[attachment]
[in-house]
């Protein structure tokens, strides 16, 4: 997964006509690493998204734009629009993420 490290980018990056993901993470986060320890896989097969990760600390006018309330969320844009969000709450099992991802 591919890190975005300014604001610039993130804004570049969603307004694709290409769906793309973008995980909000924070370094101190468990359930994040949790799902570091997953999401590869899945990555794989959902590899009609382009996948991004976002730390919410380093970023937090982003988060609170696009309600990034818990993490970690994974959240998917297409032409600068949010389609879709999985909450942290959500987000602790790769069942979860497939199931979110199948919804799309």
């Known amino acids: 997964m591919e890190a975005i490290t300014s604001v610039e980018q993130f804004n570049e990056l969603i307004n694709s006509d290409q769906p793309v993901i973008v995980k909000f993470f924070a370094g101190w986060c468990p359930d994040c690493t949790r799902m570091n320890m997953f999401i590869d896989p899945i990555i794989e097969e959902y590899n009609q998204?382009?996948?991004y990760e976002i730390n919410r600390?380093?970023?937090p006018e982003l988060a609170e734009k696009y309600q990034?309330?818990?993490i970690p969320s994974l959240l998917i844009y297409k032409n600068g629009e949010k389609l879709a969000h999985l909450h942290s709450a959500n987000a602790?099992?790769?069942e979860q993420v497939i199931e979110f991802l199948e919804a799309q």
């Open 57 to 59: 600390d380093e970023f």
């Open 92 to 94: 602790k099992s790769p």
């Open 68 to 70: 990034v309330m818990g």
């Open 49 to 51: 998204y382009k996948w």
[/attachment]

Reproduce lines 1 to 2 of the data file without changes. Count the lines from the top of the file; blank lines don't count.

[in-house]
């Protein structure tokens, strides 16, 4: 997964006509690493998204734009629009993420 490290980018990056993901993470986060320890896989097969990760600390006018309330969320844009969000709450099992991802 591919890190975005300014604001610039993130804004570049969603307004694709290409769906793309973008995980909000924070370094101190468990359930994040949790799902570091997953999401590869899945990555794989959902590899009609382009996948991004976002730390919410380093970023937090982003988060609170696009309600990034818990993490970690994974959240998917297409032409600068949010389609879709999985909450942290959500987000602790790769069942979860497939199931979110199948919804799309």